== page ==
Origin And Classification

The first animals probably arose in the sea. The structural characteristics of invertebrates suggest that they were the first multicellu-lar animals and that they evolved from protists. Because protists are both heterotrophic and eukaryotic, scientists have inferred that mul-ticellular invertebrates may have developed from colonies of loosely connected, flagellated protists, such as the one shown in Figure 32-2.

What path did cell specialization take in these early organisms? Colonial protists may have lost their flagella over the course of evolution as individual cells in the colony grew more specialized. They may have been similar to modern colonial protists that do show some degree of cell specialization, such as some species of algae. In these species, the gametes are distinct from nonreproductive cells. A similar division of labor in early colonial protists may have been the first step toward multicellularity.

Scientists often use a type of branching diagram called a phylogenetic diagram, such as the one in Figure 32-3, to show how animals are related through evolution. Taxonomists have grouped animals into several phyla (singular, phylum) by comparing animals' fossils, body symmetry, patterns of embryo development, and ribosomal RNA (rRNA) and other macromolecules. Taxonomy is an ever-changing branch of science; therefore, it should not be surprising that the actual number and names of animal phyla continue to change and be debated. Many taxonomists recognize 30 or more different animal phyla, though some phyla contain a very small number of species.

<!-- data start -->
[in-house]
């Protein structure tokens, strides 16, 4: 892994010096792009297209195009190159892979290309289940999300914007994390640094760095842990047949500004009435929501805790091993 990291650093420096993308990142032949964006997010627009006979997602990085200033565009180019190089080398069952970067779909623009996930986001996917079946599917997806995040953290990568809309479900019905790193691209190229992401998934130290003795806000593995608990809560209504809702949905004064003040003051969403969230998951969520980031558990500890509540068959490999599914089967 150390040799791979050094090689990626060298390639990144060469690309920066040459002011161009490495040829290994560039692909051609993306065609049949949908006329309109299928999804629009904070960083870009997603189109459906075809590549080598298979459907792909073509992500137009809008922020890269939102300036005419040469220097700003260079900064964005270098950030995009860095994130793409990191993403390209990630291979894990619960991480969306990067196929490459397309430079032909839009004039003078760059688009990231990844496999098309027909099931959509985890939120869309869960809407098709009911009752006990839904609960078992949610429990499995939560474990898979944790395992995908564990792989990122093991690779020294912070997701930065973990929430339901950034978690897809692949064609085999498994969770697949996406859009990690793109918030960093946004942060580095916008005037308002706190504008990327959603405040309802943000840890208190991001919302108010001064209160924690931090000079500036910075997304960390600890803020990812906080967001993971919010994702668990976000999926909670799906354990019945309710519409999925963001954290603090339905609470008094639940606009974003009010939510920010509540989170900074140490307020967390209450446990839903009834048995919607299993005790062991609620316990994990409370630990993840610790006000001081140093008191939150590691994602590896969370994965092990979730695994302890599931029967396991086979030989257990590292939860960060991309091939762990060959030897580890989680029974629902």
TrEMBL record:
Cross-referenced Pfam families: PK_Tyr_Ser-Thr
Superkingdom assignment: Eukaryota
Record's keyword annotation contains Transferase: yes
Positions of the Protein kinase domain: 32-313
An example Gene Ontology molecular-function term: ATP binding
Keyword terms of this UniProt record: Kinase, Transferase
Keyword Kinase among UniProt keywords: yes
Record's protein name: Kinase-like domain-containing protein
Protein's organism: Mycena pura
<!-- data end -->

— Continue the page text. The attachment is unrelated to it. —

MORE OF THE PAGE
figure 32-2

The first animals may have evolved from colonial protists similar to the one shown in this drawing.

figure 32-2

The first animals may have evolved from colonial protists similar to the one shown in this drawing.

figure 32-3

This phylogenetic diagram represents a hypothesis for the relationship among members of the animal kingdom based on rRNA analysis. Notice on the diagram the locations of similarities in body tissues, body symmetry, and embryo development. For updates on phylogenetic information, visit go.hrw.com. Enter the keyword HM6 Phylo.

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